—An unknown man was cut in two by a
Pennsylvania Railroad train at Dillerville,
Lancaster County.
—The gunners who shot John Fulton near,
Reading have not yet been located. Fulton’s
condition is eritical.
—With a club two burglars breke into Rub.
| insky’s jewelry store at Shenandoah and stole
§.00 worth of goods.
Practical Reasons Why the Tariff
Should be Altered at Once.
—These two postmasters were named Satur-
From the New York Evening Post. ! day; J. C. Huntington, Copper Tract, and J. B.
There is one reason why the wool | Johnston, Packertorn,
tariff should be repealed at as early a | :
day as possible. The price of wool in | 11a f¥ : 3 po
the London market has been greatly de- i Tes 18 Pa Statue af s Maloy Cy
pressed since the passage of the McKip- | 2d Was fatally erushed.
ley bill, and in consequer.ce the foreign —In a Lehigh Valley Railroad wreck at
White Haven 20 cars were derailed and an
unknown tramp killed.
—Two road agents held up Joseph 'Ecken-
roth, near Forneydale, Lebanon County, but
he thrashed both of them.
—The new Pennsylvania Railroad station at
Schencks’, Bucks Couaty was opened Sator-
day morning to the public. hi
—While drunk Frederick Borngreves step.
material at very low rates. This condi-
tion of things now prevails. The for-
eign manufacturer knows that there will
be free wool and lower duties on wool-
ens in this country within a measurable
period of time. He knows, too, that |
when the woul duties are repealed and |
American manufacturers appear in the
wool market on equal terms - with him- —Knights of Mal ta of Pennsylvania, in ses-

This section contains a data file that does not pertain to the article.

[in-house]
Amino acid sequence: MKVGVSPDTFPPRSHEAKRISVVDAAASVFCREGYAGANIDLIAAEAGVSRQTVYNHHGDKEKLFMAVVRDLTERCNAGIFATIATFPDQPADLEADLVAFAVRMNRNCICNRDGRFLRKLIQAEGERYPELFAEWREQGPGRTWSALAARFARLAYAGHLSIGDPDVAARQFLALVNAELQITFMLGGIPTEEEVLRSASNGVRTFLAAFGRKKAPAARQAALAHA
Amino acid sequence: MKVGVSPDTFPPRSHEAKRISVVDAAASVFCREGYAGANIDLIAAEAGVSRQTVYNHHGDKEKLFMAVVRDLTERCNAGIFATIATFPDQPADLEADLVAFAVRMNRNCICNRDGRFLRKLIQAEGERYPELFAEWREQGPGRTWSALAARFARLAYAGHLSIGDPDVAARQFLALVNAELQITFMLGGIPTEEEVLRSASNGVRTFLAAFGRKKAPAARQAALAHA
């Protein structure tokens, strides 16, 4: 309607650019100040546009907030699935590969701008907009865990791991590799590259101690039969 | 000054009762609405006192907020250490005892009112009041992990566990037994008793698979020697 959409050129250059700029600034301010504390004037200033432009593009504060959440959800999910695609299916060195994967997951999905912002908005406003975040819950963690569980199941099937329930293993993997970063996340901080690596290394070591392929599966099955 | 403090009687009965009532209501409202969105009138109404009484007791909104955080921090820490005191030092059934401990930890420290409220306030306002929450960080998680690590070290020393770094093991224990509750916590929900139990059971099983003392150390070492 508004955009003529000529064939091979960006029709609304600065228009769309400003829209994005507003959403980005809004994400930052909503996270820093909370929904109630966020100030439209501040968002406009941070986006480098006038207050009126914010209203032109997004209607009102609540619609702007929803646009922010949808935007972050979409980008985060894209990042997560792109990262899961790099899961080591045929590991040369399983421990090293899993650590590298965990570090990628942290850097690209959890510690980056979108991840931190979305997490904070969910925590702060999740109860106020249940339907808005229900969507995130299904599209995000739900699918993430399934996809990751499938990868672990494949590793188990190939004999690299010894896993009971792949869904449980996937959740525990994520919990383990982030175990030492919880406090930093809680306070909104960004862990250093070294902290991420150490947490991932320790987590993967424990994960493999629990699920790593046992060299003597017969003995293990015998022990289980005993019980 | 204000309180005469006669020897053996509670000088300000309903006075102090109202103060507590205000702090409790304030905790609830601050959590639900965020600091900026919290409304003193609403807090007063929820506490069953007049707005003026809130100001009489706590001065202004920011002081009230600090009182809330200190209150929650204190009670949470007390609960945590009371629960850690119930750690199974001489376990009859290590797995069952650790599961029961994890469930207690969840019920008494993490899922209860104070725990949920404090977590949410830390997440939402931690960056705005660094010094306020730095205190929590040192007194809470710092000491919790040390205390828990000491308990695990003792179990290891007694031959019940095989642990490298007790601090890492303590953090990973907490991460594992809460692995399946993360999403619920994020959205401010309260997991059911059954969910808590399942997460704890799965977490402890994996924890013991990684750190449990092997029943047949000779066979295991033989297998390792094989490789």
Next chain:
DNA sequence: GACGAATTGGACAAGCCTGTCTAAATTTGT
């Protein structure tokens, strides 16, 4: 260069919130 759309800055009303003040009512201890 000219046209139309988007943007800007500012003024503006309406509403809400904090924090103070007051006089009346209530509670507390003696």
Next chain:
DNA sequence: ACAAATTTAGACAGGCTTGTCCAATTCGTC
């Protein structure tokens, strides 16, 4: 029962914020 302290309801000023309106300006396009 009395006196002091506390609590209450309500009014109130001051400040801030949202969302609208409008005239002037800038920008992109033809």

sion at Harrisburg, installed Silas A. Lentz, of
sequence of the new demand for it. | Allentown, Grand Commander:
Obviously it is for the interest of the | —A carload of steel shifted, seriously injur-
ing B. Conrad and Frank Sponk, of New Ber-
much wool and make as mueh cloth as | linville, who were riding upon it.
possible in the interval, to be sent to this
country when the tariff is lowered. The
longer the change is postponed the more
—Professional burglars are making folks un-
easy in the Schuylkill Valiey. Baring’s store
at St. Clair is the latest place looted.
—Five collieries near Shenandoah closed
two weeks ago by the drought will resumed
work Monday with 2500 men and boys.
Republicans want to save the woolen
manufacturers from this artificial and
temporary disadvantage, they will do
well to pass the Springer bill, which is
now in the keeping or the Senate com-
mittee of finance. :
The Superfluity of Titles.
From the Norfolk Landmark.
It is time to be rid of this superfluity
of titles in a democratic country. There
is no harm, of course, and no improprie-
ty employing a man’s legitimate title,
his actual, living title; but the custom
of titling everybody has gone to seed
and has become a farce of the broadest
kind. It is not suprising that our
Southern country should be the subject
or ridicule on this account. We heard
of a gentleman who enjoyed the desigin-
ation of colonel, and being one day in-
troduced toa stranger, was usked if he
had been a colonel in the Confederate
army, he said no. “Then you were in
the Federal army ?” said the 1nterloc-
utor. “No.” answered the colonel. “In
the State militia ?”’ asked the triend, not
easily turned from the line of his inquiry
“No, sir,” said the military man. “I
am a colonel by brevet, sir; I married
the widow of a colonel.”
—Jolin Boardner, a bookkeeper of Pueblo,